The Big Four commercial banks — Bank of America, Citi, Chase, Wells Fargo — are all on the SIFI list. So are Goldman Sachs and Morgan Stanley. Plus several foreign banks with major U.S. operations.

And so are three big insurers — AIG, MetLife and Prudential. For all intents and purposes, they’re being regulated like banks now.

“In the years ahead,” says Jim, “the Fed intends to force the SIFIs to buy government bonds as part of a plan to monetize the U.S. government debt.”

For months now, Jim’s been telling us about bipartisan plans to ramp up federal spending in hopes of juicing the economy; the budget-busting deal President Obama cut with House Speaker Paul Ryan last December is a preview of coming attractions.

“Basically, the government runs larger deficits and then covers the deficits with more Treasury debt,” he explains. “The Fed prints the money to buy the new debt and forces the SIFIs to help them prop up the bond market.”

It’s coming at a bad time for the insurers: “Another aspect of SIFI status,” says Jim, “is that your stock starts to trade more like a bank than an insurance company. The bank sector is one of the worst performing sectors of the stock market this year. The bank stock carnage is just beginning as the full weight of credit losses from the energy, mining and manufacturing industries starts to hit home.”

[Ed. note: As if that’s not enough to worry about, Jim’s been hearing disturbing rumblings from the Pacific Rim. One of his high-level contacts says a rogue group of individuals is about to unleash the financial equivalent of an A-bomb on Japan.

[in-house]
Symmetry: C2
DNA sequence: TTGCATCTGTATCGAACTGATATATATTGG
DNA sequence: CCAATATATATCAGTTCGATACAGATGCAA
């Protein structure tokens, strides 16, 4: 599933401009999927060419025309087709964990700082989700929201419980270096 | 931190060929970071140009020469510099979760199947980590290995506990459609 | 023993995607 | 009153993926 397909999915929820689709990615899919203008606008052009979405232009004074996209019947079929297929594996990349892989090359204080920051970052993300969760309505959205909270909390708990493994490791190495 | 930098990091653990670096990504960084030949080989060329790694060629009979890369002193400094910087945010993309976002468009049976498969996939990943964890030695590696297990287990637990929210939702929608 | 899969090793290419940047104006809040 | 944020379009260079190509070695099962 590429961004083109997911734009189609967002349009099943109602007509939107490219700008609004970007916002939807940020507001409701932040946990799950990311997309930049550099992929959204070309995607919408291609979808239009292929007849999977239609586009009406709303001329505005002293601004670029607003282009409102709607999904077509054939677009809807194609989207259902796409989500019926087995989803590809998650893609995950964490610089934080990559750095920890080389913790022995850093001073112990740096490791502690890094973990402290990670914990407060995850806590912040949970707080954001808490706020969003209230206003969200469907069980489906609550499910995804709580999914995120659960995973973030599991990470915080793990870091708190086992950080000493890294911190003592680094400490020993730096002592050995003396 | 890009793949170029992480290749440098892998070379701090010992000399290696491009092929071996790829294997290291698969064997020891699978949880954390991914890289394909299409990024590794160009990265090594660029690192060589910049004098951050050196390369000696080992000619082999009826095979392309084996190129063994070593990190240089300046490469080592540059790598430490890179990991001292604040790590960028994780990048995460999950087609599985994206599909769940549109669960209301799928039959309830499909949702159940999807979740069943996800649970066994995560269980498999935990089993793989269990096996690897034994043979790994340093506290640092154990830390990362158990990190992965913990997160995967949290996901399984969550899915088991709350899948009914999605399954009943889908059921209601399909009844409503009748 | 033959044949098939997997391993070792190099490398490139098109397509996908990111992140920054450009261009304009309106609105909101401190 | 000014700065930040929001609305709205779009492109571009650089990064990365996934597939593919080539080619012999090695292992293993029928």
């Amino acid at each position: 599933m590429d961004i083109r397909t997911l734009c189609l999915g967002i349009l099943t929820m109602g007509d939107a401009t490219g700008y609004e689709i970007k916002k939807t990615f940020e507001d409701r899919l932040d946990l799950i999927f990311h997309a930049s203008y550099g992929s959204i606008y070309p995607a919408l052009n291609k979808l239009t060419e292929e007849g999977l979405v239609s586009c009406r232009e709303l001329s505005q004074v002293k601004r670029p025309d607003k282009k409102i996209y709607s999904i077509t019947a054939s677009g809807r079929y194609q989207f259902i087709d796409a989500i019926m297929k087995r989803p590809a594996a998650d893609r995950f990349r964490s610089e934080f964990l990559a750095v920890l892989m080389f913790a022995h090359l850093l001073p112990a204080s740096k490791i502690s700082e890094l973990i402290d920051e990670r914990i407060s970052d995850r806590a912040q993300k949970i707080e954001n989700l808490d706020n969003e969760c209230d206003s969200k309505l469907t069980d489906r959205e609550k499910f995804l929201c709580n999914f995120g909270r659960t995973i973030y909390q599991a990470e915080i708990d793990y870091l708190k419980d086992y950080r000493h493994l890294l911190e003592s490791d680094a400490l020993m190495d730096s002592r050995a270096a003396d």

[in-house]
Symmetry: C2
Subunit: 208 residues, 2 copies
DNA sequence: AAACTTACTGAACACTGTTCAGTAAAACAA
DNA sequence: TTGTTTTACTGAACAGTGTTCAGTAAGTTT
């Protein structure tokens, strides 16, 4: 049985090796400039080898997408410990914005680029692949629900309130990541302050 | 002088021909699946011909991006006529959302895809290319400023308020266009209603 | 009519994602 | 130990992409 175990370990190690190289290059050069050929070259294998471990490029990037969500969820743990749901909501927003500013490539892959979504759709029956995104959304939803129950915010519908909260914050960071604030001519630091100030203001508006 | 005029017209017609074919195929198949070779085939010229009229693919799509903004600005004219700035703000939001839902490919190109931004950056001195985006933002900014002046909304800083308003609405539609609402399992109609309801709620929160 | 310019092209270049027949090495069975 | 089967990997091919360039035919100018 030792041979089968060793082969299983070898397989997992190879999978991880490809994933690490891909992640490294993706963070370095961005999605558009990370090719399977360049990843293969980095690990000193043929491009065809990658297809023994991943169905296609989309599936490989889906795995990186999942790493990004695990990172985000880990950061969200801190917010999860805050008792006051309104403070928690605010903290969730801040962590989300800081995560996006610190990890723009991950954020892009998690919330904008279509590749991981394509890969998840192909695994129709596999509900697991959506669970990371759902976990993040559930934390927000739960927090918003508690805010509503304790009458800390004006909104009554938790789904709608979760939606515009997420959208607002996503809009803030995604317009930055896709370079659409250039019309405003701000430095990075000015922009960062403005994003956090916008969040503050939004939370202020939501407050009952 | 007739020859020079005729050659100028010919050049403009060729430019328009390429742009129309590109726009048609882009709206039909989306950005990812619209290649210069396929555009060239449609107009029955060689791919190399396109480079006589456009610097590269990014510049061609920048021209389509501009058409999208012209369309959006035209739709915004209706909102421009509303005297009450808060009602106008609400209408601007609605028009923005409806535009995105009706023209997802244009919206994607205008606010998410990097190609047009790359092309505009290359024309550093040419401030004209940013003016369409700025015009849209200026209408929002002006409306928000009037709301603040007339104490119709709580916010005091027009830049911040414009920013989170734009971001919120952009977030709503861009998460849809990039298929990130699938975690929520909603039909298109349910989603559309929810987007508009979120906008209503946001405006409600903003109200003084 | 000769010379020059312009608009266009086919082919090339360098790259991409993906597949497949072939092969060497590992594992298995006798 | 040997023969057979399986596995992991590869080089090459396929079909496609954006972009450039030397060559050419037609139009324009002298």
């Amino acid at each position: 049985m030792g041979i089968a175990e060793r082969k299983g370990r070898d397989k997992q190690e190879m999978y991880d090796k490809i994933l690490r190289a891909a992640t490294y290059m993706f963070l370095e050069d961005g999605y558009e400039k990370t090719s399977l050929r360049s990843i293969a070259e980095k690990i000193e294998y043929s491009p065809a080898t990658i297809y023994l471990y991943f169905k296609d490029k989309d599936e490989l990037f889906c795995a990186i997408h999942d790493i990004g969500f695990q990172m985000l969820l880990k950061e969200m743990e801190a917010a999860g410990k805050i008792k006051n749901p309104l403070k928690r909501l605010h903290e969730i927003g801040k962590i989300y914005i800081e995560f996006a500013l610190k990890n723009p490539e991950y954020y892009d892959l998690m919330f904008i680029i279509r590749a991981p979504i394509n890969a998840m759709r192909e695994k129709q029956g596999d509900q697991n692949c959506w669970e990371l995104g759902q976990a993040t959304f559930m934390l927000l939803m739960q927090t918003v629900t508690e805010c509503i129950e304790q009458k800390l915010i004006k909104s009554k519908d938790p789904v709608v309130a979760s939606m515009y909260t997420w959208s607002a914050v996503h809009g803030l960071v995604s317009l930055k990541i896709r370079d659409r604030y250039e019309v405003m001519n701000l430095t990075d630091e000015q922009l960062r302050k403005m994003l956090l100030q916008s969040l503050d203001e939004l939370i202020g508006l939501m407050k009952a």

“This will not be a ‘great currency shock’ or devaluation,” he clarifies. “It won’t be an unexpected stock market crash. And it won’t be a sovereign debt default or corporate bankruptcy.

“Instead, it may destroy one of the largest and most important financial markets in history. A $1.5 quadrillion market, with connections to every country, company and individual investor on the planet.”

Jim’s headed to Tokyo tomorrow to gather more details in person. Then next Tuesday night at 7:30 p.m. EDT, he’ll lead a live online briefing from Tokyo to help you prepare. It won’t cost you a thing to look in on this event. Click here now to reserve your spot.]

“Crude looks like it’s carving out a higher low,” says Greg Guenthner of our trading desk.

“Crude gained nearly 6% when all was said and done on Wednesday. That’s a pretty big one-day rip for black gold, especially when you consider how sluggish oil has been this week.”

Description: The End of the Oil Rout

Even the energy stocks are looking attractive. “While the S&P 500 is down about 1% year to date,” says Greg, “the Energy Select Sector SPDR (NYSE:XLE) is actually up nearly 4%.